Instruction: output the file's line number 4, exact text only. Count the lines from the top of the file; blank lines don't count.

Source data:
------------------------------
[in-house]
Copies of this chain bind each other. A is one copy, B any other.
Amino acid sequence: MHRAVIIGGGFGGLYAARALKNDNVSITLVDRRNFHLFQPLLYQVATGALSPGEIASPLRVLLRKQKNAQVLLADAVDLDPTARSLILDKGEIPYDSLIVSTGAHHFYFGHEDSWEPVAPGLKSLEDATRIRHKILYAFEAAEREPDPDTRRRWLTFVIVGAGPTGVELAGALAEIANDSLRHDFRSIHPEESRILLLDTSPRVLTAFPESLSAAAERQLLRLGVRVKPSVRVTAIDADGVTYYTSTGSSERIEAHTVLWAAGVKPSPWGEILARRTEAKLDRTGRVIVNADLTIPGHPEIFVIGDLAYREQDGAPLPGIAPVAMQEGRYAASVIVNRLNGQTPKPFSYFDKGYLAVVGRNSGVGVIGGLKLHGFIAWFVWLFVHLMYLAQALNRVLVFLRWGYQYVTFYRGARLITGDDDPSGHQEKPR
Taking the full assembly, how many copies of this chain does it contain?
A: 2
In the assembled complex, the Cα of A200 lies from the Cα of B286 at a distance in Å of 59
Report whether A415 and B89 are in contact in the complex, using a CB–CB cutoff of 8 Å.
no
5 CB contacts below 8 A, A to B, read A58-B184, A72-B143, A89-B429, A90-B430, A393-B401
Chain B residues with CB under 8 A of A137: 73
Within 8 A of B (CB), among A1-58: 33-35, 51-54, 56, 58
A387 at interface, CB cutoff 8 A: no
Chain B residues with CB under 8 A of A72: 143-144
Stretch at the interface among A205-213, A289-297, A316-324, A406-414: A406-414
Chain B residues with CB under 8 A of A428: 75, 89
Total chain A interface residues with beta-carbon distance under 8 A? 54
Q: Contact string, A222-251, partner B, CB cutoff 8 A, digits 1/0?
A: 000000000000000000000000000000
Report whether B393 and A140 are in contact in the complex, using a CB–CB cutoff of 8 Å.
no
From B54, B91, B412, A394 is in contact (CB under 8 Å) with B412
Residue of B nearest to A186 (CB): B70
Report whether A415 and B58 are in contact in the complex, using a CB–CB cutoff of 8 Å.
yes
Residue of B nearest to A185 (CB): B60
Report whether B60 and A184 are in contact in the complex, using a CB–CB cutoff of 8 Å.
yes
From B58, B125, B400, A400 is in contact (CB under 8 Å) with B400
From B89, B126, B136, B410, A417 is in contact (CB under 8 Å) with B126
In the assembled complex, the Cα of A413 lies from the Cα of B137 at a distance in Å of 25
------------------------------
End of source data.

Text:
Taking the full assembly, how many copies of this chain does it contain?